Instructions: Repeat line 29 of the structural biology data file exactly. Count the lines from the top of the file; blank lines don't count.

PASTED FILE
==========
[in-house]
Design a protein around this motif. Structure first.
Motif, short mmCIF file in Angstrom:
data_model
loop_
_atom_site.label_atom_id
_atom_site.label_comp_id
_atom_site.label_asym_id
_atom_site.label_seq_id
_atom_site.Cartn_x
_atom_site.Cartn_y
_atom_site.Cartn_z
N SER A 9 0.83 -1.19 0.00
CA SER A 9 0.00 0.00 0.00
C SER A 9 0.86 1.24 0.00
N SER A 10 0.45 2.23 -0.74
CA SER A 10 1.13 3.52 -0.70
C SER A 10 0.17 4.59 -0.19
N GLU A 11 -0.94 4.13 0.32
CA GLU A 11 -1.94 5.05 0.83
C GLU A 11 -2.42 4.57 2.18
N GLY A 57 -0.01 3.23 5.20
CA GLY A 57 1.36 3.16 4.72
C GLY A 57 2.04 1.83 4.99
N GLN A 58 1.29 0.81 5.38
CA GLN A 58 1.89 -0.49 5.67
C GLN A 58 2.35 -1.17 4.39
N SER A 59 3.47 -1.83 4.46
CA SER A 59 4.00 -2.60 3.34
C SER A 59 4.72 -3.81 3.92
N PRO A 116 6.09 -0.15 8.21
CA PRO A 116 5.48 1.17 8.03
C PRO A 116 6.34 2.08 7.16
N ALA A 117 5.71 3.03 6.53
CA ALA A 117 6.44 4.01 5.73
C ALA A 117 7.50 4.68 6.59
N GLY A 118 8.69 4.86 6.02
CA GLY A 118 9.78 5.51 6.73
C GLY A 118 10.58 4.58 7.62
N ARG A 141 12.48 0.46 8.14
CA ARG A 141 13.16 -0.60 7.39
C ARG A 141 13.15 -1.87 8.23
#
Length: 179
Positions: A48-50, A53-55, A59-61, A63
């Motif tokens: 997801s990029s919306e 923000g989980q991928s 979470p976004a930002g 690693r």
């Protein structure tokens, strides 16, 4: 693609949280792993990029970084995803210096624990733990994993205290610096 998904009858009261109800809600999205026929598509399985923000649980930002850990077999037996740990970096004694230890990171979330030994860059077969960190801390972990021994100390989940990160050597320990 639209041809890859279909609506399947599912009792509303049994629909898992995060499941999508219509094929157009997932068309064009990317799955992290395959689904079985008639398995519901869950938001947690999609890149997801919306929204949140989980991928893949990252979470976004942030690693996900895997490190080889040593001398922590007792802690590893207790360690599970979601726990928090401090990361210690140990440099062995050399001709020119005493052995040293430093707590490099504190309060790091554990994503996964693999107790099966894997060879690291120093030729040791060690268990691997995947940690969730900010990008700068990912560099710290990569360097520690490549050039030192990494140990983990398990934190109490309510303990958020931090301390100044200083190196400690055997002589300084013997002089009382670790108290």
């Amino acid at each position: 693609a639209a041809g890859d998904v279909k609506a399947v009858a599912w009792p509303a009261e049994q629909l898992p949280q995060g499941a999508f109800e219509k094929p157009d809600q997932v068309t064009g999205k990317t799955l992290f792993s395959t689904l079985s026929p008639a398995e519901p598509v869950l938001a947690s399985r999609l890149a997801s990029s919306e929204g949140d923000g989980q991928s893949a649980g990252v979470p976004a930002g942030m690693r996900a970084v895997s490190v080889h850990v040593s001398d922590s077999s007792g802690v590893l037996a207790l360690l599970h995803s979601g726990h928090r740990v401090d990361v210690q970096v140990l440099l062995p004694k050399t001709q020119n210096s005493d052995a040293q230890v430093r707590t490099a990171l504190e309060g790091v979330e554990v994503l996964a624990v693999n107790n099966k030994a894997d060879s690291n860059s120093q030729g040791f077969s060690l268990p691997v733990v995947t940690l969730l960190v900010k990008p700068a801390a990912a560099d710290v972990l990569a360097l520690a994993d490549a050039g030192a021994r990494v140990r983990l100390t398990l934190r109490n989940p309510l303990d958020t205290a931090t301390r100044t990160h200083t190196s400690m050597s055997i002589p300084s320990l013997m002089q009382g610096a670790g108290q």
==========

CA SER A 59 4.00 -2.60 3.34